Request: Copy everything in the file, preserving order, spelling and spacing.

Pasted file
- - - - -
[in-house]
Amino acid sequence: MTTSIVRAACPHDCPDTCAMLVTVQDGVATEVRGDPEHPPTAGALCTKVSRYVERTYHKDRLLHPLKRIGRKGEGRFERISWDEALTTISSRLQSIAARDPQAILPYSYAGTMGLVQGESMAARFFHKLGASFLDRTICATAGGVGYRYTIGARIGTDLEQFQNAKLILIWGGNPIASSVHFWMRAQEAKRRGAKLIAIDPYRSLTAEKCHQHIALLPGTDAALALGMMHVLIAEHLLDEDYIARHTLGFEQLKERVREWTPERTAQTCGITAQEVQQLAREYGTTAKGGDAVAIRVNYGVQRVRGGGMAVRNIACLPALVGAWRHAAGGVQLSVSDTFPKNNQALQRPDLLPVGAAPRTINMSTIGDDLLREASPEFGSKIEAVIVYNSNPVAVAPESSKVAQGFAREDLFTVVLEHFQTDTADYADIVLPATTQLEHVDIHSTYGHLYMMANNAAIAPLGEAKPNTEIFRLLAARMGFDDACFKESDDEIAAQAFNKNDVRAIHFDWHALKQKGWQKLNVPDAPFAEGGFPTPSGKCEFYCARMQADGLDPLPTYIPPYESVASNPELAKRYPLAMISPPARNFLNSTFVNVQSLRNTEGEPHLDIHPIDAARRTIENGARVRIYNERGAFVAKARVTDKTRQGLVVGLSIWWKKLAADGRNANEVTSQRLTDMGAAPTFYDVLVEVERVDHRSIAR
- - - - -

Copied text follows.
[in-house]
Amino acid sequence: MTTSIVRAACPHDCPDTCAMLVTVQDGVATEVRGDPEHPPTAGALCTKVSRYVERTYHKDRLLHPLKRIGRKGEGRFERISWDEALTTISSRLQSIAARDPQAILPYSYAGTMGLVQGESMAARFFHKLGASFLDRTICATAGGVGYRYTIGARIGTDLEQFQNAKLILIWGGNPIASSVHFWMRAQEAKRRGAKLIAIDPYRSLTAEKCHQHIALLPGTDAALALGMMHVLIAEHLLDEDYIARHTLGFEQLKERVREWTPERTAQTCGITAQEVQQLAREYGTTAKGGDAVAIRVNYGVQRVRGGGMAVRNIACLPALVGAWRHAAGGVQLSVSDTFPKNNQALQRPDLLPVGAAPRTINMSTIGDDLLREASPEFGSKIEAVIVYNSNPVAVAPESSKVAQGFAREDLFTVVLEHFQTDTADYADIVLPATTQLEHVDIHSTYGHLYMMANNAAIAPLGEAKPNTEIFRLLAARMGFDDACFKESDDEIAAQAFNKNDVRAIHFDWHALKQKGWQKLNVPDAPFAEGGFPTPSGKCEFYCARMQADGLDPLPTYIPPYESVASNPELAKRYPLAMISPPARNFLNSTFVNVQSLRNTEGEPHLDIHPIDAARRTIENGARVRIYNERGAFVAKARVTDKTRQGLVVGLSIWWKKLAADGRNANEVTSQRLTDMGAAPTFYDVLVEVERVDHRSIAR